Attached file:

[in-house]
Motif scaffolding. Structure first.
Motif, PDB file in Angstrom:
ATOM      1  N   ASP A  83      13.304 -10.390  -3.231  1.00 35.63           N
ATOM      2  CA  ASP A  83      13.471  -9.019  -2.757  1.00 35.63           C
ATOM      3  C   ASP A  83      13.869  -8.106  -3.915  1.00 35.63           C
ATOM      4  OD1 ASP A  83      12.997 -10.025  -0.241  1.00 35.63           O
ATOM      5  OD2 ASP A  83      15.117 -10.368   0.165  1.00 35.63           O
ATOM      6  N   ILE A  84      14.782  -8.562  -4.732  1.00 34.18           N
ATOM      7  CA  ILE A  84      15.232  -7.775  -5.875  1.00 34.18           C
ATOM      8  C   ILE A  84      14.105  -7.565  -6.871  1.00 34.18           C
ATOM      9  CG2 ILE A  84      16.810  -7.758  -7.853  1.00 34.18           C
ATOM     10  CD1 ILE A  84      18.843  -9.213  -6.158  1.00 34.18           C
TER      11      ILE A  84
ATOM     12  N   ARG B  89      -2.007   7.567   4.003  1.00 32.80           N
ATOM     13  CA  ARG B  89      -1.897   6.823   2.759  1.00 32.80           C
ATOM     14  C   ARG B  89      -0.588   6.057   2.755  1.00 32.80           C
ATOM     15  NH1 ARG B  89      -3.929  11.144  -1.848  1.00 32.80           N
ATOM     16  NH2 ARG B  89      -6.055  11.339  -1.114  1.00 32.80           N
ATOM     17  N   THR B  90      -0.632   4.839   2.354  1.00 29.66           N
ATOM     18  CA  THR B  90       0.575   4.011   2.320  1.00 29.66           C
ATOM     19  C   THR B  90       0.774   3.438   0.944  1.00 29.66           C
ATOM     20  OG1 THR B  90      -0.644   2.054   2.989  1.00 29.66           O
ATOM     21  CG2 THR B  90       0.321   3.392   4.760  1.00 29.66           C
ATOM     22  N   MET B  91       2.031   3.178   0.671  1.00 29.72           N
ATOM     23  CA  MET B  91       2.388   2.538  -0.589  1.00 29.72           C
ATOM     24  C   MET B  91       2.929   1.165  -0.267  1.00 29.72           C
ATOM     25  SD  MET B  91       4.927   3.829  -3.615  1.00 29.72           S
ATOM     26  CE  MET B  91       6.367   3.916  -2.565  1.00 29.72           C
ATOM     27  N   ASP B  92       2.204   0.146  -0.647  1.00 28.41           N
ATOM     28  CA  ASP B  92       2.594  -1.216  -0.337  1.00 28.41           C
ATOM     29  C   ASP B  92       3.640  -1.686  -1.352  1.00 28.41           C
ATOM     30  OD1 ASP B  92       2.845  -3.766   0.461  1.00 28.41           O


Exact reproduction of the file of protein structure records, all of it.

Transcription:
[in-house]
Motif scaffolding. Structure first.
Motif, PDB file in Angstrom:
ATOM      1  N   ASP A  83      13.304 -10.390  -3.231  1.00 35.63           N
ATOM      2  CA  ASP A  83      13.471  -9.019  -2.757  1.00 35.63           C
ATOM      3  C   ASP A  83      13.869  -8.106  -3.915  1.00 35.63           C
ATOM      4  OD1 ASP A  83      12.997 -10.025  -0.241  1.00 35.63           O
ATOM      5  OD2 ASP A  83      15.117 -10.368   0.165  1.00 35.63           O
ATOM      6  N   ILE A  84      14.782  -8.562  -4.732  1.00 34.18           N
ATOM      7  CA  ILE A  84      15.232  -7.775  -5.875  1.00 34.18           C
ATOM      8  C   ILE A  84      14.105  -7.565  -6.871  1.00 34.18           C
ATOM      9  CG2 ILE A  84      16.810  -7.758  -7.853  1.00 34.18           C
ATOM     10  CD1 ILE A  84      18.843  -9.213  -6.158  1.00 34.18           C
TER      11      ILE A  84
ATOM     12  N   ARG B  89      -2.007   7.567   4.003  1.00 32.80           N
ATOM     13  CA  ARG B  89      -1.897   6.823   2.759  1.00 32.80           C
ATOM     14  C   ARG B  89      -0.588   6.057   2.755  1.00 32.80           C
ATOM     15  NH1 ARG B  89      -3.929  11.144  -1.848  1.00 32.80           N
ATOM     16  NH2 ARG B  89      -6.055  11.339  -1.114  1.00 32.80           N
ATOM     17  N   THR B  90      -0.632   4.839   2.354  1.00 29.66           N
ATOM     18  CA  THR B  90       0.575   4.011   2.320  1.00 29.66           C
ATOM     19  C   THR B  90       0.774   3.438   0.944  1.00 29.66           C
ATOM     20  OG1 THR B  90      -0.644   2.054   2.989  1.00 29.66           O
ATOM     21  CG2 THR B  90       0.321   3.392   4.760  1.00 29.66           C
ATOM     22  N   MET B  91       2.031   3.178   0.671  1.00 29.72           N
ATOM     23  CA  MET B  91       2.388   2.538  -0.589  1.00 29.72           C
ATOM     24  C   MET B  91       2.929   1.165  -0.267  1.00 29.72           C
ATOM     25  SD  MET B  91       4.927   3.829  -3.615  1.00 29.72           S
ATOM     26  CE  MET B  91       6.367   3.916  -2.565  1.00 29.72           C
ATOM     27  N   ASP B  92       2.204   0.146  -0.647  1.00 28.41           N
ATOM     28  CA  ASP B  92       2.594  -1.216  -0.337  1.00 28.41           C
ATOM     29  C   ASP B  92       3.640  -1.686  -1.352  1.00 28.41           C
ATOM     30  OD1 ASP B  92       2.845  -3.766   0.461  1.00 28.41           O